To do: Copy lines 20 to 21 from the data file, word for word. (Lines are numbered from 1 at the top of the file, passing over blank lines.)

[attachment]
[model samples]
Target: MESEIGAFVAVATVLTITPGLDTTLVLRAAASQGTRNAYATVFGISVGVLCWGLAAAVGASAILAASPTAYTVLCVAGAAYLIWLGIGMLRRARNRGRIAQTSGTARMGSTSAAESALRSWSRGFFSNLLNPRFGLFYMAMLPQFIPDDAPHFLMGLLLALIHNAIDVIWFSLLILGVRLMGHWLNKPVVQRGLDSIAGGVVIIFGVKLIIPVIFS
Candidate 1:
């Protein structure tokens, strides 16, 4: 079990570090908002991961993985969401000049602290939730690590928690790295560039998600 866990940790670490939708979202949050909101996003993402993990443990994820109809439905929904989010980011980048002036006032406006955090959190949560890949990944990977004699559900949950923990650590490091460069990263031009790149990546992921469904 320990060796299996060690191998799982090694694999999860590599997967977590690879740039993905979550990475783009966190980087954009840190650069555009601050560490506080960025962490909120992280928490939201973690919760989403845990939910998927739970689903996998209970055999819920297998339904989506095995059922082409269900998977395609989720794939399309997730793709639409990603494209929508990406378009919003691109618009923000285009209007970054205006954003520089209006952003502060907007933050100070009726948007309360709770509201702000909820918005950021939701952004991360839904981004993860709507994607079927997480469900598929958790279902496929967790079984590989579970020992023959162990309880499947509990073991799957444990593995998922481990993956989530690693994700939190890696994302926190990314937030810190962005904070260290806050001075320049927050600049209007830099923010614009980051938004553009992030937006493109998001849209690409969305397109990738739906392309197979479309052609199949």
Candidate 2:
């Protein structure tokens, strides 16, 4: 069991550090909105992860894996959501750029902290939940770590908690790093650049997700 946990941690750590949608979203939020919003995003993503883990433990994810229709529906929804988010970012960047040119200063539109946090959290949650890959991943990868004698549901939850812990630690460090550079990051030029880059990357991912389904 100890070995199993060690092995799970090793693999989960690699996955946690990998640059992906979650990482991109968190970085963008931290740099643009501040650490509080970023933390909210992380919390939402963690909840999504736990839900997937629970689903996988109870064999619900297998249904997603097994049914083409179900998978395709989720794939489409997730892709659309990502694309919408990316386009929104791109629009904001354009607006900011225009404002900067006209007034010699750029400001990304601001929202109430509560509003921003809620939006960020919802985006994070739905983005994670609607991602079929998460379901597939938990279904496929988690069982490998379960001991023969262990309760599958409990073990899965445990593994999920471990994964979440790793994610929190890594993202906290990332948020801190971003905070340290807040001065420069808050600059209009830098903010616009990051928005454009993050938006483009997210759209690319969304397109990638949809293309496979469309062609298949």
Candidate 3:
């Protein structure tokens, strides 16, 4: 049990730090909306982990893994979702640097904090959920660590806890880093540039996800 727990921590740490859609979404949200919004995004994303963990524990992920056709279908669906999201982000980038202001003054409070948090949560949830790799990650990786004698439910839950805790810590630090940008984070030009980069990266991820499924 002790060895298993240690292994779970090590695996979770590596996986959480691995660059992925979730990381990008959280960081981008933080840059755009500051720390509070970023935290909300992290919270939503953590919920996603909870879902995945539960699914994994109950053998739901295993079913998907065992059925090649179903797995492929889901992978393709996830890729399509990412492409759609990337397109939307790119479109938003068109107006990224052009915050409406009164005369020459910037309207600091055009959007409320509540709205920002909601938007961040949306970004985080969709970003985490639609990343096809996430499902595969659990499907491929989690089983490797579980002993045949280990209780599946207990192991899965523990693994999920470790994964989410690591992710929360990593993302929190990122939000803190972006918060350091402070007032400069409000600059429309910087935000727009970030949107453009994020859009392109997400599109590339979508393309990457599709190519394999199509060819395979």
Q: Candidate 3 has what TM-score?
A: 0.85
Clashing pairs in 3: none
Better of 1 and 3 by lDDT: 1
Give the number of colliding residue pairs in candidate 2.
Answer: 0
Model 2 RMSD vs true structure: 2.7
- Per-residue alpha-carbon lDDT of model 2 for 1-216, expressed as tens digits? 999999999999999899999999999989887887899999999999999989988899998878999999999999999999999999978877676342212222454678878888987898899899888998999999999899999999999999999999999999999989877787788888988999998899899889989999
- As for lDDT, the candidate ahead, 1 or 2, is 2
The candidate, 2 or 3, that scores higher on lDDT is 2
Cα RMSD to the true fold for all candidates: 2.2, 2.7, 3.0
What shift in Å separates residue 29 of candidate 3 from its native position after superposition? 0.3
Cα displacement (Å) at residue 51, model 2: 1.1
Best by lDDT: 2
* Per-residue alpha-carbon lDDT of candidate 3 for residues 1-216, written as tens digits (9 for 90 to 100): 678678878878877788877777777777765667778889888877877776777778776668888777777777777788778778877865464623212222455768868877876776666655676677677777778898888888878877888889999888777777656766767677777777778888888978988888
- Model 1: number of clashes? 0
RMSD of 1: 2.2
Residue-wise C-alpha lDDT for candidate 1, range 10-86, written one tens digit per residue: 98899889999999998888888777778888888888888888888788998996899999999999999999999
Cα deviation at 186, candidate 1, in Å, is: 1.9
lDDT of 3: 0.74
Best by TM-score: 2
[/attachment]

What shift in Å separates residue 29 of candidate 3 from its native position after superposition? 0.3
Cα displacement (Å) at residue 51, model 2: 1.1